SRINAGAR: Two months after a massive flood damaged and contaminated millions of currency notes at its Srinagar chest, the Reserve Bank of India is making preparations for their safe disposal.
Fears are mounting that the notes worth about Rs 460 crore might have turned into slush.
Security personnel guarding the chest at Residency Road branch of Jammu and Kashmir Bank complain of an unbearable stench emanating from the notes.
Contaminated currency notes pose a health hazard and cannot be processed under normal operating procedures. Currency notes damaged in fires and floods are shredded or burned by RBI’s Issue Offices.
An official at the RBI’s office in Jammu, requesting anonymity, said the damaged notes will be disposed of at the earliest once his office receives the green signal from the Chandigarh-based Issue Office that only is mandated to take a call on the disposal.
Syed Ehsan-ul-Haq, in-charge of cash management at the RBI chest, said the floodwater did not spare even the strongest chest facility.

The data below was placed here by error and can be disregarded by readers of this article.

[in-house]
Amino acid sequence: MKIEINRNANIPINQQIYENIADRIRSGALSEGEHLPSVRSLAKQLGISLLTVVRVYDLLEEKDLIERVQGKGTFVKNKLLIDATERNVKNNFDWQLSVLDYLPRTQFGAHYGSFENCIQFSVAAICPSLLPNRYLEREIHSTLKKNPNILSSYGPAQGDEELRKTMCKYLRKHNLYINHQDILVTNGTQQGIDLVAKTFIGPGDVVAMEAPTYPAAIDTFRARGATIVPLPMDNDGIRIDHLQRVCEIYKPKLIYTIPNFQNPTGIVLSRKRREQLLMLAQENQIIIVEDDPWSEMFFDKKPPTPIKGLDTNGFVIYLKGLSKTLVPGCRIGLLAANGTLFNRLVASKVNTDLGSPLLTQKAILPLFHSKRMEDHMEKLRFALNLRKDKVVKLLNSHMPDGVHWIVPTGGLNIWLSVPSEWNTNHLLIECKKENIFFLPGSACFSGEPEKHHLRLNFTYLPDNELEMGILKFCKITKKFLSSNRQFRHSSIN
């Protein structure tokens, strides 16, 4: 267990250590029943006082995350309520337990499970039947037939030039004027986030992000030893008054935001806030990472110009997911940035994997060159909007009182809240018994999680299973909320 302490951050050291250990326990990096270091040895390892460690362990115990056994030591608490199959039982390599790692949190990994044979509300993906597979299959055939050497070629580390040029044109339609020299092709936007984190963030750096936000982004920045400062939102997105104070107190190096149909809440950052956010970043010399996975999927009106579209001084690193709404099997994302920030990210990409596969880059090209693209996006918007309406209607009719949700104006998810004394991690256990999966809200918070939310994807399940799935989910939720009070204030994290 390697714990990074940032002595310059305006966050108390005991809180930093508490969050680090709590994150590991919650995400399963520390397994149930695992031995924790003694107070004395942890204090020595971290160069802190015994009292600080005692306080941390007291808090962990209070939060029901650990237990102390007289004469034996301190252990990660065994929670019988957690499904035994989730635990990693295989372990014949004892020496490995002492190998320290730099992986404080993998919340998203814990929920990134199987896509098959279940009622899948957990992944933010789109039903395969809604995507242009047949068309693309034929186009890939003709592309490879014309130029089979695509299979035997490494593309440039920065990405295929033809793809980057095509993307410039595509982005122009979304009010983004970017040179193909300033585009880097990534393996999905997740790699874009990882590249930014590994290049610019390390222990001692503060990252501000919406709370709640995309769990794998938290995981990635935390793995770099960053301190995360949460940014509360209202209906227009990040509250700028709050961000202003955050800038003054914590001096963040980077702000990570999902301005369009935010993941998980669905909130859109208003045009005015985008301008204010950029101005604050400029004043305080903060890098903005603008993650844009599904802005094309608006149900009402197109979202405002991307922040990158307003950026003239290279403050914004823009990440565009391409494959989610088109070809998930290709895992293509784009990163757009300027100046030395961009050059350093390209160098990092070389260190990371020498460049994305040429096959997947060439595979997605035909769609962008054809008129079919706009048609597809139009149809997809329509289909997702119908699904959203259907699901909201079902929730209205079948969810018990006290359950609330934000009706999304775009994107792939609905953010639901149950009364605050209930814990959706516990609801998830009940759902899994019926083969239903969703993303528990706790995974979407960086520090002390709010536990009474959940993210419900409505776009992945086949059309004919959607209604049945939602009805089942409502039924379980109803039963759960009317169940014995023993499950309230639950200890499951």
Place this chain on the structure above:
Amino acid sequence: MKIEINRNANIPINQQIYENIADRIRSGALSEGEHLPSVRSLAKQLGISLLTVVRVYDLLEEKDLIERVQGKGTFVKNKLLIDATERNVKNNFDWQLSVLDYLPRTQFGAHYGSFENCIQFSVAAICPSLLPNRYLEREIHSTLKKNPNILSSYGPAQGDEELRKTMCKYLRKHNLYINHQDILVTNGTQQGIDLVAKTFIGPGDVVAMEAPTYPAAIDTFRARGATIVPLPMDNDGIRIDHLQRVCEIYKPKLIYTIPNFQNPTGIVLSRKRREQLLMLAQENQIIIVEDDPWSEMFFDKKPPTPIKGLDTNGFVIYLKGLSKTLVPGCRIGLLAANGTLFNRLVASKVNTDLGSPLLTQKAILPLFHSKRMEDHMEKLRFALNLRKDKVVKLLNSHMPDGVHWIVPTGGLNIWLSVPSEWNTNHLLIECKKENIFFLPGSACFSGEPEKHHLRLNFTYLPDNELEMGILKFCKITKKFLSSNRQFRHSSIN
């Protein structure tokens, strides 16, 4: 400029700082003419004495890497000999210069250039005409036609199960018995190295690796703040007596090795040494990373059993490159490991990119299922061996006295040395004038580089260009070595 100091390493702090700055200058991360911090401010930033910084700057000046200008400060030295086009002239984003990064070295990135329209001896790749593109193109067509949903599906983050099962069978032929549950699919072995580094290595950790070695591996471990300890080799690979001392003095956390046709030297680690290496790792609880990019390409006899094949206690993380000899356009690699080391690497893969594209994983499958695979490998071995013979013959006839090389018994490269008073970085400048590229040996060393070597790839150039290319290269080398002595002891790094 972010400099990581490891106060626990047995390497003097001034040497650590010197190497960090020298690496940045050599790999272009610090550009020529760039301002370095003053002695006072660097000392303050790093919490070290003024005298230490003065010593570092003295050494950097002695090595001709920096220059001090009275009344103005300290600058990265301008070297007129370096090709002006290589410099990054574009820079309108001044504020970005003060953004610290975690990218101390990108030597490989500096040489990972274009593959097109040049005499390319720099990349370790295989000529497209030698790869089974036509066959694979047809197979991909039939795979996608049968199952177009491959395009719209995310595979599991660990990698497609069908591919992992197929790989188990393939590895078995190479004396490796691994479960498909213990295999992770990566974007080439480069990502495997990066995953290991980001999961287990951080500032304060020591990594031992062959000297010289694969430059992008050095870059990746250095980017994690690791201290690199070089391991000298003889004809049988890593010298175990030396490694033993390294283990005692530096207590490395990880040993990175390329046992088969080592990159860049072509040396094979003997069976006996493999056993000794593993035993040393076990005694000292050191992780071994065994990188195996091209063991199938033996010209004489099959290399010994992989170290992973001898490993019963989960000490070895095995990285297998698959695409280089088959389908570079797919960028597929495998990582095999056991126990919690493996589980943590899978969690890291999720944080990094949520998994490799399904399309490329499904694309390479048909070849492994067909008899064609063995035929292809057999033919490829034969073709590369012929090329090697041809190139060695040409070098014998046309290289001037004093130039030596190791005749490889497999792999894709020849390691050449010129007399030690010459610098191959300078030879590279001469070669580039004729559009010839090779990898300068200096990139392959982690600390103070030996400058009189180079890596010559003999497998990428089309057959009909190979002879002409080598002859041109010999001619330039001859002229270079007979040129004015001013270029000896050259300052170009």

“The notes stacked on the top have been saved, but the deluge hit the lower stacks and even coins in bags have been rusted in the process,” he said.
Luckily, the records, which were online, have survived, he added. However, several counting machines have been damaged by the floodwater.
Banknotes returned from circulation are deposited at the Issue Offices, which repay the owners after authenticating and checking the condition of the notes.
In the US, the Federal Bank provides special bags with moisture and oxygen barriers to dispose of large amounts of currency exposed to a number of unknown toxins in the event of a large-scale disaster.